Ayurveda teaches a system
of three "derangements" or doshas.
The Sanskrit term actually means faults so you could say, as
a general rule, people have three different ways of going amuck.
The doshas are derivative of the
effect of the elements on what is called prakriti, what
we might call constitutional type.
In our Western culture in which nearly
everyone has had some surgery, such as tonsillectomies and appendectomies,
the vata dosha is deranged. Vata is composed of air and
ether and is what is called "wind" in Tibetan medicine. In moderation,
wind stimulates fire, but in excess it puts it out.
Exposure to radiation; certain types
of electrical equipment, including most computers, air conditioning
and fans; shock; wind; and seasonal changes can cause the air element
to become more excited and volatile. When this happens, it blows
out fire. One of the symptoms of this is an appetite which seems
to be insatiable but when food is put on the plate, the "patient" tends
to eat a few bites and then move the food around without really
making a very big dent in the serving.
Constitutional fire is responsible
for digestion. It is availability of fire that determines the production
of gastric juices: hydrochloric acid, bile, enzymes, in short the
caustic chemicals that are required for the breakdown of food and
its conversion into micronutrients that can be assimilated by the
body and bulk matter that needs to be eliminated. Whenever this
fire, called agni in Sanskrit, is weak, there is not enough
digestive power to metabolize food.
What this means is that an individual
could be on what might be touted as the world's most perfect diet
and still not be able to digest the food. Dr. Vasant Lad taught, "Sooner
or later, all food is cooked." He then drew exquisitely on
the blackboard and showed a cauldron in the abdomen.
Traditionally, Indian food has always
been prepared with a lot of heat. By Chinese standards, not to
mention the advocates of raw foods diets, Indian food is overcooked,
but it is very easy to digest because the food is predigested by
heat and spices. In my former days when I had a clinic, I often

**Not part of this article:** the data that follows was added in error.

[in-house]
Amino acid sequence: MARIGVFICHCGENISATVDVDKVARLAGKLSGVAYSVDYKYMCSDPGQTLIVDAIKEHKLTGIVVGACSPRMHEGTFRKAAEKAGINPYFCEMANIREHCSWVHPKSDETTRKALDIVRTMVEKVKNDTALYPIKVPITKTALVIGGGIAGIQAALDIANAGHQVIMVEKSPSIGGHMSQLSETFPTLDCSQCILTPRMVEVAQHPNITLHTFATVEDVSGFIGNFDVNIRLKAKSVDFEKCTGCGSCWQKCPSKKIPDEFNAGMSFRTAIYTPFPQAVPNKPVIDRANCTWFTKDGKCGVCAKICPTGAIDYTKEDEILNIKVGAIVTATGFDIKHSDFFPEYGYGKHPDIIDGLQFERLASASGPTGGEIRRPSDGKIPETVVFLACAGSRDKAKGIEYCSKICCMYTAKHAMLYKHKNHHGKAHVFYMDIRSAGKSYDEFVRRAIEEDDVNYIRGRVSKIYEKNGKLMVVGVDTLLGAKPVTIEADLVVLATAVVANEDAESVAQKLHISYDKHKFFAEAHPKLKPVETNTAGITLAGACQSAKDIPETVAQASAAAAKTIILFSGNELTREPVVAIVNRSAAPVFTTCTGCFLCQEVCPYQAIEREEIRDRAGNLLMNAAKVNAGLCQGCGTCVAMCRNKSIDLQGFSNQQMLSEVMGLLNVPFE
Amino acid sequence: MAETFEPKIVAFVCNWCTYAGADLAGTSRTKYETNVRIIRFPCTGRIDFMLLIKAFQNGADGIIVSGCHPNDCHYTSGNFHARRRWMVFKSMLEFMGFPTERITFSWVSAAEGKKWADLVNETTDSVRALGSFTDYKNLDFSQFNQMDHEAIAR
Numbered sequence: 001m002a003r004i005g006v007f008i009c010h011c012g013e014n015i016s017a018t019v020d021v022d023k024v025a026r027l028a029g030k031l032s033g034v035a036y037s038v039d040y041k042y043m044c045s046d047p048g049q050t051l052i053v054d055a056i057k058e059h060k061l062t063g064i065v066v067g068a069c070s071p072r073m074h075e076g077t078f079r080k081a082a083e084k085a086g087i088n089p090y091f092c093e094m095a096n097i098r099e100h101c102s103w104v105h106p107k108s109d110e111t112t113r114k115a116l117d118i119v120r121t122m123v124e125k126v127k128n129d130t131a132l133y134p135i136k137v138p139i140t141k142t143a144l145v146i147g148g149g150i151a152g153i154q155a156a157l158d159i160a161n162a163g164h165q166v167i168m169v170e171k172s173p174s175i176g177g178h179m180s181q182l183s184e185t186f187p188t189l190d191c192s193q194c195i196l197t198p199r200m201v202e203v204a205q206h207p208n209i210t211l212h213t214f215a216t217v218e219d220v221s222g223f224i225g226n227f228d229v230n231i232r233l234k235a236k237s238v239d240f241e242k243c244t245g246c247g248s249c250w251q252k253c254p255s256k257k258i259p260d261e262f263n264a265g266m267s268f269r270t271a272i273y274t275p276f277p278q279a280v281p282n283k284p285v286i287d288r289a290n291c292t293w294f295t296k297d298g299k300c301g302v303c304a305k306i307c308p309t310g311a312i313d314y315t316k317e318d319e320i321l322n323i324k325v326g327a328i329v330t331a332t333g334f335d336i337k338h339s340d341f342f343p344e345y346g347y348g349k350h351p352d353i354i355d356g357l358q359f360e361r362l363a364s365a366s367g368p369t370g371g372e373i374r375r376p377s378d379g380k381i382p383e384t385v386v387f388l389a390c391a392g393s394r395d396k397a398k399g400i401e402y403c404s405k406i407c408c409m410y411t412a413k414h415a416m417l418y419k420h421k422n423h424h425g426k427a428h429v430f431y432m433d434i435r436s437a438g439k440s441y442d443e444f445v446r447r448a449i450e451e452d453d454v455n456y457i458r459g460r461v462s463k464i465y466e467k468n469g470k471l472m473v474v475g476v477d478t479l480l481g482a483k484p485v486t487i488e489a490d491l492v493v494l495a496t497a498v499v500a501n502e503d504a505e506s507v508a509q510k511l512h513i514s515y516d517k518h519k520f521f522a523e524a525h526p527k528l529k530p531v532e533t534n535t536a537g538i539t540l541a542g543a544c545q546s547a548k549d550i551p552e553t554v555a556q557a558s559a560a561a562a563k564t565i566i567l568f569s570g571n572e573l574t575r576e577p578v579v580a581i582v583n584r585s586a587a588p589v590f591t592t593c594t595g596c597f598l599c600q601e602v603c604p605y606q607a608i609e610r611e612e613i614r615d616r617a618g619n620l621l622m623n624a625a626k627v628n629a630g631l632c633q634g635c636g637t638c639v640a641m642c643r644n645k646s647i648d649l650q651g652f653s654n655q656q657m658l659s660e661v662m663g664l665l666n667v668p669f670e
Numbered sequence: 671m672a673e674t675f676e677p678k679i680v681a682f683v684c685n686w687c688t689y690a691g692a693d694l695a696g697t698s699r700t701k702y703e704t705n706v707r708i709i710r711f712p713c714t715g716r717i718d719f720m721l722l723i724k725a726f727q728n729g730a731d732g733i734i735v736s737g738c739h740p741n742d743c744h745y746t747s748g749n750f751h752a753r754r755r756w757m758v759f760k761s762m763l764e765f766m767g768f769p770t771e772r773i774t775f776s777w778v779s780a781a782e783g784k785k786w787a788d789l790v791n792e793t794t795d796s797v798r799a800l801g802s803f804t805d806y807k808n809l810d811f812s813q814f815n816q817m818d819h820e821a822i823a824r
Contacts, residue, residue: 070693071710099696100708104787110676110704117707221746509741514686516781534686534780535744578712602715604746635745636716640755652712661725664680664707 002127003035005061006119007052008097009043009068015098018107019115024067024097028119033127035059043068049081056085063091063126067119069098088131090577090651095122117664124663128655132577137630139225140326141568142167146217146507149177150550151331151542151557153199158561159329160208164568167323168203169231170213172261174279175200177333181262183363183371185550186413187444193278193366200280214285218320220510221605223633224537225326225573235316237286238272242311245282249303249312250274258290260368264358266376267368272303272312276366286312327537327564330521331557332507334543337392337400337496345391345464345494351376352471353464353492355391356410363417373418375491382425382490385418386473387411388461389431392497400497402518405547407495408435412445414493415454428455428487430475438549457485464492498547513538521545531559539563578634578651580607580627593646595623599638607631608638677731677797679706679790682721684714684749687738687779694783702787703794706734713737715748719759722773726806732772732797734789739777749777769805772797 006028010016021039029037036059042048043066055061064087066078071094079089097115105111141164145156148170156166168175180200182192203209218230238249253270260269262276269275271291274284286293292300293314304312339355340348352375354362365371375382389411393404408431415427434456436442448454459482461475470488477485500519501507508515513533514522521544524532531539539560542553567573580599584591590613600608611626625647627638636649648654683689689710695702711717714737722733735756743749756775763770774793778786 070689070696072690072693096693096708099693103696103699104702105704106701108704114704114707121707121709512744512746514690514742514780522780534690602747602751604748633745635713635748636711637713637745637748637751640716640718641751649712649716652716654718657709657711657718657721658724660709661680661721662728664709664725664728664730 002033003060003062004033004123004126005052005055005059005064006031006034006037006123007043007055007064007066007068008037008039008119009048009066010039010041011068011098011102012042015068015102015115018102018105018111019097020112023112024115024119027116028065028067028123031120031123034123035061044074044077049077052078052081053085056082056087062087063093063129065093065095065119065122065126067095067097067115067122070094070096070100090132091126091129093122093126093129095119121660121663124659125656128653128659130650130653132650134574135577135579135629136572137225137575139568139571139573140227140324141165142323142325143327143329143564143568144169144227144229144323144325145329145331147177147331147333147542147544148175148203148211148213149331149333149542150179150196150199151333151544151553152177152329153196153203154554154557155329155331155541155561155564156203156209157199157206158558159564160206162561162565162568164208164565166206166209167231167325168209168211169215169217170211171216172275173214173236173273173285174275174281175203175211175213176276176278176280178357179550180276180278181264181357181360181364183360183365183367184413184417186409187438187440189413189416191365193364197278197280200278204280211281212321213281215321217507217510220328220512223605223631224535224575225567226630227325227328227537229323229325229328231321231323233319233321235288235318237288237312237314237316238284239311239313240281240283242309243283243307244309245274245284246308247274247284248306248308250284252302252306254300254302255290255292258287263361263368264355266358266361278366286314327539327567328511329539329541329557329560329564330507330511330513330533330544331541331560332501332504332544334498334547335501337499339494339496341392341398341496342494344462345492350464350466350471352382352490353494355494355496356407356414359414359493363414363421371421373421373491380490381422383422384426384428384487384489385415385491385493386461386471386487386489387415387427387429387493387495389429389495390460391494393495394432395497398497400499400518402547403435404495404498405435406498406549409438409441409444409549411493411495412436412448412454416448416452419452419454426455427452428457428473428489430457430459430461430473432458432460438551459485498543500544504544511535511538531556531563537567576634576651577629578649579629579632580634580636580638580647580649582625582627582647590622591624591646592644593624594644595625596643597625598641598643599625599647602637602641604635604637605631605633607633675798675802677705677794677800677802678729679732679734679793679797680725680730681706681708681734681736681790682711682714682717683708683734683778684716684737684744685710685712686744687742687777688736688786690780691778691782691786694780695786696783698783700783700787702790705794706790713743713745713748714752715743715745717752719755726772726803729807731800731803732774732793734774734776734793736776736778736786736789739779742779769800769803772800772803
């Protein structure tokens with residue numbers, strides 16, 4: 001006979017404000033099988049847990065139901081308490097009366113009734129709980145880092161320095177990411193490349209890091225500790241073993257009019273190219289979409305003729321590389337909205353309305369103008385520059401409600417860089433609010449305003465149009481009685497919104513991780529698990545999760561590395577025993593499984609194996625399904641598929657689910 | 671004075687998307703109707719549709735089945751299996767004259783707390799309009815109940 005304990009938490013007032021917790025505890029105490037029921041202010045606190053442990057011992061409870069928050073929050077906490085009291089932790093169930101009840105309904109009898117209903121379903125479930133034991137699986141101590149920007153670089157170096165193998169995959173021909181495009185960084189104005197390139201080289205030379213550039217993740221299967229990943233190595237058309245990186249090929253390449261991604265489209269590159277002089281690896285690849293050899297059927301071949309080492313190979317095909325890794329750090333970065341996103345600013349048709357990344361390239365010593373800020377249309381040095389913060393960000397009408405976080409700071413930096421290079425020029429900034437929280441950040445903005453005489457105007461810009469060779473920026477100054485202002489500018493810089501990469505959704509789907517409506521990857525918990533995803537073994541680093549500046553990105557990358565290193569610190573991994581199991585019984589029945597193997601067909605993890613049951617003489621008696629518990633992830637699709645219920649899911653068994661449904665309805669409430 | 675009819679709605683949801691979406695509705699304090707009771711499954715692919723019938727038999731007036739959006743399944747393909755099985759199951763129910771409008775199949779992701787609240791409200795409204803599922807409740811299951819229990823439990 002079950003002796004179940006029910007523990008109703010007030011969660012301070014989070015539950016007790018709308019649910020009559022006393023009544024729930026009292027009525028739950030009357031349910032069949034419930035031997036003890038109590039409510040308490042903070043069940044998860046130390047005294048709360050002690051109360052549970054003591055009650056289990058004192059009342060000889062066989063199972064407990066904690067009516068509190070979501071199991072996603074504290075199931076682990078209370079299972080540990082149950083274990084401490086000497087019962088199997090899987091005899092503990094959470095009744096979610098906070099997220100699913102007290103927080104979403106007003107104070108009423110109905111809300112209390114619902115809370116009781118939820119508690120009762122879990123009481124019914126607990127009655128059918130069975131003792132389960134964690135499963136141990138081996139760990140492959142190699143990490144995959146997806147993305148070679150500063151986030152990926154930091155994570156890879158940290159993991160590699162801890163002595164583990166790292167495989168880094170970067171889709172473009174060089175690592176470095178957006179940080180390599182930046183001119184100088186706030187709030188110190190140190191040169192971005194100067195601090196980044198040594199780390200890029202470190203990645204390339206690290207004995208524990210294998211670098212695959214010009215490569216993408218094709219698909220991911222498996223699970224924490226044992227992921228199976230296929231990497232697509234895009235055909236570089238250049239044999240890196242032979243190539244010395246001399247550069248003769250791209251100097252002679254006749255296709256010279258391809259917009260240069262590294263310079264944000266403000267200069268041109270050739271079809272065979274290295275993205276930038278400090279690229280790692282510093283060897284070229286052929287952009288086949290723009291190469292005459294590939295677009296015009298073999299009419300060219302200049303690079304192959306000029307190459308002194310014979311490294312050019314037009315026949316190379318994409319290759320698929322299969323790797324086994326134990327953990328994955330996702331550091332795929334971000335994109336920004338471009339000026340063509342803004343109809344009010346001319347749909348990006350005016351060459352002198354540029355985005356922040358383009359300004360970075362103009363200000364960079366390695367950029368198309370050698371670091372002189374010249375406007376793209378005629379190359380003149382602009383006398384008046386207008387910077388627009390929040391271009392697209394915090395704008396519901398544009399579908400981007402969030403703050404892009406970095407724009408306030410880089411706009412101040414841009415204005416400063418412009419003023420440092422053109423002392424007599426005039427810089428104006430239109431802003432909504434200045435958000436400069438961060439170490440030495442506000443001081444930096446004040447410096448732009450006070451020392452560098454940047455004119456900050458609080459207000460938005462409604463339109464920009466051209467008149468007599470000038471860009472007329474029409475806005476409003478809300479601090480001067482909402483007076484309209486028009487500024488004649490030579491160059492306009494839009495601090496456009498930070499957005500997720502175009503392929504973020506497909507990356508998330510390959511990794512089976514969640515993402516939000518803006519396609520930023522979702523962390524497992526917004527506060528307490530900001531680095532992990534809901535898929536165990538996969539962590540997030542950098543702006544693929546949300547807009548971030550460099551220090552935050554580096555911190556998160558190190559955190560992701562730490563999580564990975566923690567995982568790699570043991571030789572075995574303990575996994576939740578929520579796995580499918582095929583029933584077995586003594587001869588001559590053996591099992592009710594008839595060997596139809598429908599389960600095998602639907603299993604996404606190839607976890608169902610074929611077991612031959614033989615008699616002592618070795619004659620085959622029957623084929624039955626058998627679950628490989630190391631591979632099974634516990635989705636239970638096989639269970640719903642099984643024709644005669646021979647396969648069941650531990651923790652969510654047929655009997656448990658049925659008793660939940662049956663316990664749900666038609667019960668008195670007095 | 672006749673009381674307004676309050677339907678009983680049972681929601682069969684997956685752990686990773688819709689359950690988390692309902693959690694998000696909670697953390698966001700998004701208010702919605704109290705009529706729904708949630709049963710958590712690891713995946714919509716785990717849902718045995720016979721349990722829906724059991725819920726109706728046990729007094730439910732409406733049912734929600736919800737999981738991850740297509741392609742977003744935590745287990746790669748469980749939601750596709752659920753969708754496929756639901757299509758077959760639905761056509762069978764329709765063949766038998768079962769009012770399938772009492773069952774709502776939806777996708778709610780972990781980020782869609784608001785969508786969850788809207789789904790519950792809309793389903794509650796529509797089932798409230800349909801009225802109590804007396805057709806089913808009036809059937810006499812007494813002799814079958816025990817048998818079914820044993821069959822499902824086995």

met patients who had had chemotherapy and could hardly hold down
food much less eat without severe gastric distress. One particularly
memorable evening, I videotaped Dr. Smita Naram cooking dinner
for her husband and me. I asked her if she would prepare something
that was easy for patients on chemotherapy to digest because I
wanted to show them the video. She made a lovely meal in less than
twenty minutes and gave me the leftovers to take back to the clinic.
I want to interject that Ayurveda
frowns on reheating food, not because proper means of storage were
lacking in ancient India but because the vitality of food is lessened.
People with mucus congestion, the kapha type, are particularly
admonished not to reheat food. Nevertheless, the lucky patients
who had a chance to taste Smita's cuisine were astonished to find
that they were able to eat as much as they wanted without gastric
distress, belching, bloating, and pain.
The theory here is that when one's
digestive power is limited, one must get the needed nutrition from
foods that are easy to digest. The easiest foods to eat are fruits
because the acids that make fruit sour demand less hydrochloric
acid availability. The more tart the fruits, the easier they are
to digest. Over the years that I have been teaching this theory,
people grimace and make faces and protest that they do not understand.
I have asked, "What don't you understand?" Questions
are immediately asked about peaches and pears and bananas. While
fresh peaches and pears are usually digestible, they are not nearly
as sour as most berries, again not strawberries so much as raspberries,
blueberries, and gooseberries. I vividly recall one patient looking
at me with misty eyes saying, "I know I'm dying, but what
can I eat when it gets really bad?" I told her that grapes
and berries would remain easy to digest and the relief on her face
was something I will remember the rest of my life.
Besides fresh fruit, spices make
food more digestible. First, when food is cooked in spices, as
with a curry, the spices are absorbed by the food in such a way
as to almost predigest the food. Second, spices stimulate the secretion
of saliva and digestive juices. If people really do not have the
capacity to produce these conversion chemicals, the spices will
not excite what cannot respond to the stimulus, but the food itself
is nevertheless easier to digest. It is important to use spices
that have not been irradiated and important to cook the food in
the spices without burning the spices!
From this you can see that Ayurveda
is a world apart from the raw foods advocates as well as those
who think that a good meal is a low calorie bowl of lettuce with
some irradiated black pepper sprinkled on top.
More importantly, when food is not
digested, it is broken down by fermentation rather than digestion.
This produces gases which are both noisy and uncomfortable. Worse,
the gases are absorbed by other tissues of the body which become
both toxic and spastic. So, excess vata is muscularly and neurologically
In the days ahead, I will bring back
some of my own spice mixtures. One woman wrote me that her husband
would divorce her if she stopped using the Sky Mountain spices.
I have a seed blend and a curry powder that are specially formulated
to make meals more savory and digestible. This said, nothing can
help anyone who eats food that is indigestible. Top on my list
of such foods is everything that is prepared in a microwave. Such
food is responsible for a great deal of gastric distress.
For those who do have discomfort
after eating, try chewing on some fennel seeds and then spitting
out the pulpy part after swallowing the juice. Anything aromatic
like this will relieve gas. My carminative teas are also helpful
and I'll post some of them as soon as I get a chance.
Copyright by Ingrid Naiman 2002